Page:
There were plenty of “mother groups”, but no real “father groups”. Even if there were, why should parents be separated into groups according to gender? We were all sharing the same role, weren’t we? The same “miracle”? It made sense that we all had time to spend our days at the park, so it could be safely assumed that everyone’s family income was at least middle-class. Or was it that the bigotry inherent in the tacit realization that I was not the bread-winner for our family render me somehow less than ideal? When mothers got together, did they talk about intercouse? Afterbirths? Boobs? Their husbands and their penis sizes? Why couldn’t I shake the trend? It was the early 21st century and it felt like there was still some sexism going on. Women have a glass ceiling. It was apparent that men like me had to find our footing on the glass floor.
There weren’t many men about on summer mornings, and the men I did see were usually taking the day off, not being a permanent member of “the circuit” like I was. Or standing idly by while the grandparents meted out their brand of affection. One fellow I saw often had a kind of nervous son, unsure of each step, talking to other children like a hostage on a phone, even his young happiness tempered by…something. There were red half-rings around his neck and what looked like thumb indentations. His father constantly barking out his name like he was trying to warn his boy not to step on a land mine. That dad didn’t seem happy at all, and everyone knew it. And I wonder what they all “knew” about me. Some of them thought I was gay. Or divorced.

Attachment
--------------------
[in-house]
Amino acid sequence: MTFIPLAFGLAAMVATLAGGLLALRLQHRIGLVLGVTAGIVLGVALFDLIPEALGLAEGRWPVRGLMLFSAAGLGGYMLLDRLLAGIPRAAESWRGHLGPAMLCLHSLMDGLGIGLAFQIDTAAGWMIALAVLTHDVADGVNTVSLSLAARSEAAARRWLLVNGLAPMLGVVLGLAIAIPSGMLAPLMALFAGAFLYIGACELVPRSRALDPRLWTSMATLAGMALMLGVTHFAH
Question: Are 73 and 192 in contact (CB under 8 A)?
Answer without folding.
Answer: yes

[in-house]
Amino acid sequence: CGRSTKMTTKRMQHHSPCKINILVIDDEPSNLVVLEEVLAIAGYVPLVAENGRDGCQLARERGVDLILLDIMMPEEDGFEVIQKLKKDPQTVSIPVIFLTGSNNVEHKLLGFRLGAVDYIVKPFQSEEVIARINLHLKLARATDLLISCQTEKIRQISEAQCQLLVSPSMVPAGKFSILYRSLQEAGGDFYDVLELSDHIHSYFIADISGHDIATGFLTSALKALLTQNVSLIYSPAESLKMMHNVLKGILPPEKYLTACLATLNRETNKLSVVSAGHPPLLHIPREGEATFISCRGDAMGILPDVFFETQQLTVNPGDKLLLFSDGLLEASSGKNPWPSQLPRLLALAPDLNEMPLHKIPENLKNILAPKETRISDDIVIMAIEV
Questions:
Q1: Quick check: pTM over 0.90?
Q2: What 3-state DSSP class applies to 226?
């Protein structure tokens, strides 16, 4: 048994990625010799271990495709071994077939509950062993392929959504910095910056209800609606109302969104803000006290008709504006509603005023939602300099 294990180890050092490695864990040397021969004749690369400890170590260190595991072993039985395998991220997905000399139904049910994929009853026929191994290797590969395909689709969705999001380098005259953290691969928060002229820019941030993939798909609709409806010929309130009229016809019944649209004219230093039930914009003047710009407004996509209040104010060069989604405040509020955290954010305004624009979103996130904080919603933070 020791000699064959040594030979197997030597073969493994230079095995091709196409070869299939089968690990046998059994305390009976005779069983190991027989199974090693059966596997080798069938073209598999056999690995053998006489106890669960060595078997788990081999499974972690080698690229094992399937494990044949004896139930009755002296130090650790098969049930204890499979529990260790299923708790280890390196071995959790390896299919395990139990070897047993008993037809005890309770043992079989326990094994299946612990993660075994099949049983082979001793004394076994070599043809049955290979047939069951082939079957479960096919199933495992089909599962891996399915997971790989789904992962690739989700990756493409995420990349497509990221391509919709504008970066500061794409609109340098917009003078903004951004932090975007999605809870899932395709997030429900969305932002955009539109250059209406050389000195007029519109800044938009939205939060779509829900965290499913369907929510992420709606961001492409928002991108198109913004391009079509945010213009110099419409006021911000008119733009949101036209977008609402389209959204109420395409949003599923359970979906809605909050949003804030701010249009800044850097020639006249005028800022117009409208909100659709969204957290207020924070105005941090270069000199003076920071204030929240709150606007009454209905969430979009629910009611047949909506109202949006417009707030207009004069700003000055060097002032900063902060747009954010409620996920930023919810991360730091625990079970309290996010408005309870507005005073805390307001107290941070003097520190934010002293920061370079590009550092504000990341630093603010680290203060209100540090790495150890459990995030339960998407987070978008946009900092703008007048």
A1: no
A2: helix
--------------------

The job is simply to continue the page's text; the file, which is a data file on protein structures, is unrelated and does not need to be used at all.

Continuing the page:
There were plenty of “official” gatherings at the parks in the area, some scheduled through the mother’s group. I joined the mother’s group like the brave suffragette-in-reverse that I was, mainly so that I could have a steady group of people with which to meet. A usual gang of similarly aged children that Olivia could get used to seeing.
In addition, this mother’s group included a “mom’s night out”, during which everyone gathered in the evening at a different restaurant each month and, ya know, get to know each other. Sounds great, doesn’t it? It cost $5 to join, at which time they would forward you their exclusive list of shared babysitters, a schedule of playgroups catering to various age groups, and, of course, the “night out” information. And the secret handshake and a mantra, “memaymimomoo”. Well now I’ve gone and done it.
I went to the night out and the restaurant they chose was pretty expensive for my tastes. I was hoping we could sit around and drink coffee and shoot the bull in a relaxed fashion. I looked around the room for anyone I could recognize from the days at the park but there were no familiar faces. Finally I inquired of the waitress if there was a group of people attendant to our little club. The table she pointed me to was full of very well-appointed ladies, with expensive jewelry and nice scarves. None of them had ever gone to the park, they told me. They formed the group to network with others with babysitter/au pair/governess/maid needs. These were “ladies who lunched”. I was not a good fit. I was not supposed to be there. I was not the wife of a rich UNC professor or a scientist at Duke or whatever. I was a guitar teacher barely scraping by, looking for friends, I guess.